?A Place Where I Would Like to Live

May 9, 2018 English Language

I like the saying: “The grass is always greener on the other side. ” To me, it means that we tend to believe that life in places different from our residence is for some reasons better. Considering this, I have tried to be content with the place where I resided throughout my life – a regular city in the center of the United States. However, due to various circumstances which would take too much time to describe here, I started to think about changing my life and moving to another area. And, to start with, I attempted to figure out where I wanted to live, in all sincerity.

While living in a city, I discovered that perhaps the most irritating factor for me was the rush and the amounts of unnecessary information I encountered. Every morning I witnessed crowds of people hurrying on their businesses, having quick snacks while leaping from one office to another, glancing at their watches frantically. Every day I was seeing placards, billboards, TV commercials, advertising products which I had completely no need for. There was no escape from it, because commercials were seemingly everywhere: in search engines, in my mailbox, in YouTube clips, in every printed or electronic edition.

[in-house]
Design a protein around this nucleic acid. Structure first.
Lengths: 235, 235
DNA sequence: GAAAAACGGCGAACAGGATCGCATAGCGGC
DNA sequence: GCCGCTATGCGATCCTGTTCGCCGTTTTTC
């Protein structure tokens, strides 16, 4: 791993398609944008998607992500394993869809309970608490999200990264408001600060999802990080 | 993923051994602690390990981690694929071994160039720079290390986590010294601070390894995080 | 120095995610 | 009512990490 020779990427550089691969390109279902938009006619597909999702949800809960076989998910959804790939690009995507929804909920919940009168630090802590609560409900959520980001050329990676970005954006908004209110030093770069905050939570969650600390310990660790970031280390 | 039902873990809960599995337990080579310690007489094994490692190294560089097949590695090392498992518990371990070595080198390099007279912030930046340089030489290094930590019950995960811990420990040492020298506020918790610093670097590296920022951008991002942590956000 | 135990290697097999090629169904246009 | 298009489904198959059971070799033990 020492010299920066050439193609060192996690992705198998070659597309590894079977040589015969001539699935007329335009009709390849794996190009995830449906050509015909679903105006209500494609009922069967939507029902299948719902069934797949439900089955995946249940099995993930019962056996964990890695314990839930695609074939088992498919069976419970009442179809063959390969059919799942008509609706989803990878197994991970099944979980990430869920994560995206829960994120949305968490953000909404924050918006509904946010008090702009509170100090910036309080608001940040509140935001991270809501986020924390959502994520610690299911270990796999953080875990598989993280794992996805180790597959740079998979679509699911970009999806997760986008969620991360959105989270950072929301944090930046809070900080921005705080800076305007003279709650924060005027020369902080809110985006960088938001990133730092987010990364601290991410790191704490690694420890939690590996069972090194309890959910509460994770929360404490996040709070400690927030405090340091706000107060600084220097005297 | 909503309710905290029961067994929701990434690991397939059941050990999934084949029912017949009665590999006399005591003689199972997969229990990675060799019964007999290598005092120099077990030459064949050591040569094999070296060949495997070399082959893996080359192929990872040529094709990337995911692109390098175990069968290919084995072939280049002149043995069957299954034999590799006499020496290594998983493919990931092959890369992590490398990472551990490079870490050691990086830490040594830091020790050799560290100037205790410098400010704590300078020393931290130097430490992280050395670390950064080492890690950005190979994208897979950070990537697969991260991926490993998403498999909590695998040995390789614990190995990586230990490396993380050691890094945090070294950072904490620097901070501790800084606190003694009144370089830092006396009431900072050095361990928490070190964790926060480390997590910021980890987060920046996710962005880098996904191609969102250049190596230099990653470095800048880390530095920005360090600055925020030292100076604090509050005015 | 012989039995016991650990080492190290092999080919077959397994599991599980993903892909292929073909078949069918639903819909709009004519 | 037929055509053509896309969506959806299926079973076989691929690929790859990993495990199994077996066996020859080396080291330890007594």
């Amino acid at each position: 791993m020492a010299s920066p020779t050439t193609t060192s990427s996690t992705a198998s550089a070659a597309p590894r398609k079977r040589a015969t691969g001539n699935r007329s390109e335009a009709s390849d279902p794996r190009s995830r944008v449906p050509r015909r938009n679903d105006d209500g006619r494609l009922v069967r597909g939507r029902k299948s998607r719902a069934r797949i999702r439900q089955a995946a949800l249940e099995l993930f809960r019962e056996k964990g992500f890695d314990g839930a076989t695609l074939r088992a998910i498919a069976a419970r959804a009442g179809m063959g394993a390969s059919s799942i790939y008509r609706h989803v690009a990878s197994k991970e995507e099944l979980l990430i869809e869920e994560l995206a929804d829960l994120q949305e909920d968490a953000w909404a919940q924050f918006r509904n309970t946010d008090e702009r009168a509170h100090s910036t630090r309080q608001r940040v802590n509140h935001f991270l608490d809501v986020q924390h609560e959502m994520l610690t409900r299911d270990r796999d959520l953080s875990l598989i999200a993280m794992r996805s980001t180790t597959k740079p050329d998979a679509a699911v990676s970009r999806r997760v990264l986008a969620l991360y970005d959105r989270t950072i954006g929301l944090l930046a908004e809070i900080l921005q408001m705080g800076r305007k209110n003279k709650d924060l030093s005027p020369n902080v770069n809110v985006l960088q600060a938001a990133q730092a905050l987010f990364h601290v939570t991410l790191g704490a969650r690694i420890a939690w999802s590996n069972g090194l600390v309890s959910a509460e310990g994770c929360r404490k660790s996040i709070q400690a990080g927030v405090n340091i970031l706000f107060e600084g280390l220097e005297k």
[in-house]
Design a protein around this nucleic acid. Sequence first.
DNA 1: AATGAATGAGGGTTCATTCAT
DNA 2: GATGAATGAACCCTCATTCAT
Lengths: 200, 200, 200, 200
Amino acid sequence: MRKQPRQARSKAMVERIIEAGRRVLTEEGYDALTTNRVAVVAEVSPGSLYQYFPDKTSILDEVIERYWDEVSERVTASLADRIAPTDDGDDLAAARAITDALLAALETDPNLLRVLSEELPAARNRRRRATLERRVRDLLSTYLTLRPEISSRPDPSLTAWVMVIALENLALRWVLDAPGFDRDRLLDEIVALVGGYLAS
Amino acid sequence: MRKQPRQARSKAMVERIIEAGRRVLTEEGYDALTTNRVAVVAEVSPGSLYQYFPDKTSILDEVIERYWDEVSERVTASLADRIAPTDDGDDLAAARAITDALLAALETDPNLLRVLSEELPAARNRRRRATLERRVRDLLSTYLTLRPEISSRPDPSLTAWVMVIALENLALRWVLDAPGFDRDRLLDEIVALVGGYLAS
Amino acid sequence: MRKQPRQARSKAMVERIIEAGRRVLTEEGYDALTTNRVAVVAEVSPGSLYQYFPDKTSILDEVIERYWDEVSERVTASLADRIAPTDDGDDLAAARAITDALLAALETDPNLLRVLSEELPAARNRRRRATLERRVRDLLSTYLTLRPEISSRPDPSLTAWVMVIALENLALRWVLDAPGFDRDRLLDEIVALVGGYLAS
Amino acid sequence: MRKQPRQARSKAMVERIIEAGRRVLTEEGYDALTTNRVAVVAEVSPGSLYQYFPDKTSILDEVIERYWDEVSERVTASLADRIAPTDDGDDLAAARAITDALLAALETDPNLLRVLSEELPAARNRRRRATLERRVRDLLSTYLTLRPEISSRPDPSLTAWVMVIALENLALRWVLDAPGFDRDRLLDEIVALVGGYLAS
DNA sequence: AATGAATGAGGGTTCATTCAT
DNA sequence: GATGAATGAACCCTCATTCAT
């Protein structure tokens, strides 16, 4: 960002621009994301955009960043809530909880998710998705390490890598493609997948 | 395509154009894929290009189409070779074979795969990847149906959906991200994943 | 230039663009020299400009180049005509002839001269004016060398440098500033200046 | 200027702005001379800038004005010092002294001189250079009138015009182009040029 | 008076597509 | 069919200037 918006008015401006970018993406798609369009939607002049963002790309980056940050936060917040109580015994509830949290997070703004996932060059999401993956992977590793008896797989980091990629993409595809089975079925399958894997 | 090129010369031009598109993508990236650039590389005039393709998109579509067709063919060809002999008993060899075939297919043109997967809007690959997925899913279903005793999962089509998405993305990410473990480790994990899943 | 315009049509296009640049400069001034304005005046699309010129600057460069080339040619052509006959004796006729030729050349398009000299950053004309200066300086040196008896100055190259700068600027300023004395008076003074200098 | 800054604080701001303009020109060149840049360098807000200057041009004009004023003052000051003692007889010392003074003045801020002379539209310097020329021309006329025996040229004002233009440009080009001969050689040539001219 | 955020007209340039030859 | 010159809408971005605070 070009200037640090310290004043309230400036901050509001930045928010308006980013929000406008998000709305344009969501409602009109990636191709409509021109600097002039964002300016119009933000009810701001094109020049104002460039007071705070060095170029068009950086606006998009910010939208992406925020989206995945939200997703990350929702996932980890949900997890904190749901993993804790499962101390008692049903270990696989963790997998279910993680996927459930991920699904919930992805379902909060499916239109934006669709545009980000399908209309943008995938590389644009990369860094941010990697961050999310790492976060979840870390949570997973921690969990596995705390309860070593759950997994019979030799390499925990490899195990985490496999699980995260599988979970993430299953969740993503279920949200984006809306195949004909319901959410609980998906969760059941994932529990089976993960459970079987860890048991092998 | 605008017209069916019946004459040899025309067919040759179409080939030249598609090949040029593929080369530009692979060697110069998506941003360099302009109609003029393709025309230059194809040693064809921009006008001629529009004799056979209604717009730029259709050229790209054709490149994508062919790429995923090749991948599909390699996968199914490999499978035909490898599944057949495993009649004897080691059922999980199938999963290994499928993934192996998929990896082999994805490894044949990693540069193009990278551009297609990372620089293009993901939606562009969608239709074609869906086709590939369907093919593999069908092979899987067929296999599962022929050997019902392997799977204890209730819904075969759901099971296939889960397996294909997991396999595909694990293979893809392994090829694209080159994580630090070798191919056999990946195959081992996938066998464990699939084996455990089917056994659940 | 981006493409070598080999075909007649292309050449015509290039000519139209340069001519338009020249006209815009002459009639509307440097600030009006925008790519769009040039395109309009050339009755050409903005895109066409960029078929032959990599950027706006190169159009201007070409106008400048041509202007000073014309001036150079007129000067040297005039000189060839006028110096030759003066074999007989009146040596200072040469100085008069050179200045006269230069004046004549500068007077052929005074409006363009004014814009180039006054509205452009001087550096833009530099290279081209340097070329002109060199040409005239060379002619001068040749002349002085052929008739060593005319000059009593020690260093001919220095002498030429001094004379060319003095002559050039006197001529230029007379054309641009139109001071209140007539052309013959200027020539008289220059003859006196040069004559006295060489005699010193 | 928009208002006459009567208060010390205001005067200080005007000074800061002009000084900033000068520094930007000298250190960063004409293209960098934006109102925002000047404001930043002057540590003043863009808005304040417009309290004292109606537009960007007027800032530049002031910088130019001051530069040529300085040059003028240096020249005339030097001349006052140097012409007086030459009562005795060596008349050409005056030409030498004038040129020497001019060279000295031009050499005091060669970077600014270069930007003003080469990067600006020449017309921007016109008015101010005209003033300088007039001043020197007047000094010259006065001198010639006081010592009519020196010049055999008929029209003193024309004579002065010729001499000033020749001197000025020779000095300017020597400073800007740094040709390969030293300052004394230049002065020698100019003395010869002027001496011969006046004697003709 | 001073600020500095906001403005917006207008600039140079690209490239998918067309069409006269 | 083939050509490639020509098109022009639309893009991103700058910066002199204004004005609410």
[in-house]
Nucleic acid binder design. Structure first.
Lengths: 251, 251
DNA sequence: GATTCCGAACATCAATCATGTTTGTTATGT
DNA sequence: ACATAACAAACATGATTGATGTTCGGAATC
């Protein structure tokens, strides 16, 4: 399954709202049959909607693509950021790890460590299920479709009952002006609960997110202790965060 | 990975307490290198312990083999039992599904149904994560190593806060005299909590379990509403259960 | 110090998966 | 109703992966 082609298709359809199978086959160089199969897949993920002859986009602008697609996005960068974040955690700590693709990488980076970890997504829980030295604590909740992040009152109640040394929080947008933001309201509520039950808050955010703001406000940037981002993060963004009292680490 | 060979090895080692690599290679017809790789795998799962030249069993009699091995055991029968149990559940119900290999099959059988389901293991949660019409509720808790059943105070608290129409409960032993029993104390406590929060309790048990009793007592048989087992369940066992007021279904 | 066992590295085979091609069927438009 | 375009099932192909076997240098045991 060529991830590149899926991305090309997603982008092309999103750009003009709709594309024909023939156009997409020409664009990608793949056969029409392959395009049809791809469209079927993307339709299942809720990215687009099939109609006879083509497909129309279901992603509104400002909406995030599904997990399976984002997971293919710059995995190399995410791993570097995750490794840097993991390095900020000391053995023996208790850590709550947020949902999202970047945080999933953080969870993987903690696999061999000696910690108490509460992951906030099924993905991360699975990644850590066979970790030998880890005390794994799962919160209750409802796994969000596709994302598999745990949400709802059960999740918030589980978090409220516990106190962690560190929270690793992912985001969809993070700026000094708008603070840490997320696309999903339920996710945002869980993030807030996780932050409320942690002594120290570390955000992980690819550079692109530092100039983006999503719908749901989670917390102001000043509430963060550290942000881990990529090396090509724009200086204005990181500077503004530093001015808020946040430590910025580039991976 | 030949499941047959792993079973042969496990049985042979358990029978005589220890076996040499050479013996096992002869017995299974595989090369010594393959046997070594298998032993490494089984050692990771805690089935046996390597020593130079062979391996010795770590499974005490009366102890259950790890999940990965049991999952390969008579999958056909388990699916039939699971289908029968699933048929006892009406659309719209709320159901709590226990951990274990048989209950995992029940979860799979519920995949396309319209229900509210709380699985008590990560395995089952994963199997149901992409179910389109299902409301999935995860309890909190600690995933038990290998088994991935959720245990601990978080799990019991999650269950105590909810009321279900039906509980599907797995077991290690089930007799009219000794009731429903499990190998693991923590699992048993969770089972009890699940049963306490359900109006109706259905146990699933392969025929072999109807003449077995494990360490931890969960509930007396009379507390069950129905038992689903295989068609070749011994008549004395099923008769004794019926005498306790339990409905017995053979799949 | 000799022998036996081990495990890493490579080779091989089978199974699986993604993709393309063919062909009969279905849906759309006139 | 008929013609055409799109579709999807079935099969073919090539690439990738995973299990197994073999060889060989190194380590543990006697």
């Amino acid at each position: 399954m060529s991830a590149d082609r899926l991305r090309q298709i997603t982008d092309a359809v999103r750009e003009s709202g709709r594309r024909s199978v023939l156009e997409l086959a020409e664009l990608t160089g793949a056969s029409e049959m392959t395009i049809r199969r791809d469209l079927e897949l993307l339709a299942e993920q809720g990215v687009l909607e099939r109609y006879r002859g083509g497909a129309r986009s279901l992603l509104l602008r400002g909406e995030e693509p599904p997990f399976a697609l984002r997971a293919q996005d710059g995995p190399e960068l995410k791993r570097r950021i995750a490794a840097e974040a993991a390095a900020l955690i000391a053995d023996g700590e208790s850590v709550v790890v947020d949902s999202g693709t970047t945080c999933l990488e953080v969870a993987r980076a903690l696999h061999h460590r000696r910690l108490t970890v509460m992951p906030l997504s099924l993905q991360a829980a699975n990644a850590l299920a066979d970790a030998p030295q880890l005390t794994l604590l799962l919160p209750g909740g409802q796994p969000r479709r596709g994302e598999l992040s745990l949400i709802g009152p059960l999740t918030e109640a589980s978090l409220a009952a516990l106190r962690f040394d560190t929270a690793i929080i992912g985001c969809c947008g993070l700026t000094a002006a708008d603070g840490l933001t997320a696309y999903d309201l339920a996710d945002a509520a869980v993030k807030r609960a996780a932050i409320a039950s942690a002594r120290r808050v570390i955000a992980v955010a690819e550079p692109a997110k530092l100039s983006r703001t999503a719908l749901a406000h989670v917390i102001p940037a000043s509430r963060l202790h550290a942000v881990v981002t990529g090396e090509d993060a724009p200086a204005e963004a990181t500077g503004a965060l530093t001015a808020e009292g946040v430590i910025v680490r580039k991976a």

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Whenever I browsed for information on topics of interest, I had to wade through tons of informational garbage. “The place I choose to live will be calm and won’t cause me stress,” I said to myself, and kept on thinking. From my early childhood, I loved mountains. When I was taken to the Yellowstone National Park by my parents for the first time, I was literally shocked by the greatness of nature and the amazing feeling of freedom and height. Since that time, I kept on visiting Yellowstone annually; I have also traveled to several mountainous regions of the US and Europe.

Every time I was walking up or standing on the top of a mountain, I wondered: do people living in such places have the same problems as city dwellers? Can a person, who can witness the enormous misty mountain silhouettes in their window each morning really be miserable and petty? “Mountains – that is where I need to live,” I said to myself, and kept on looking on intuition. I was making my decision for a couple more months. During this period, I made solid efforts to recall the most pleasant memories about places I have been to, and to realize my needs concerning a way of life, occupation, communication, geographical location, and so on.

I would stop on a certain variant as the final one, and the next day I would totally reconsider it. Among the places I thought of were Italy, Norway, Peru, and even exotic countries for a westerner to live in, such as China and Nepal. But, after a period of intense consideration, I had finally stopped searching and chose Scotland – Aberdeenshire, in particular. It looked exactly like what I needed: mountainous region, nice people, suitable climate (well, suitable for me, since Scottish climate is rather fickle), the English language being spoken, and both modern civilization and countless opportunities for seclusion and resort.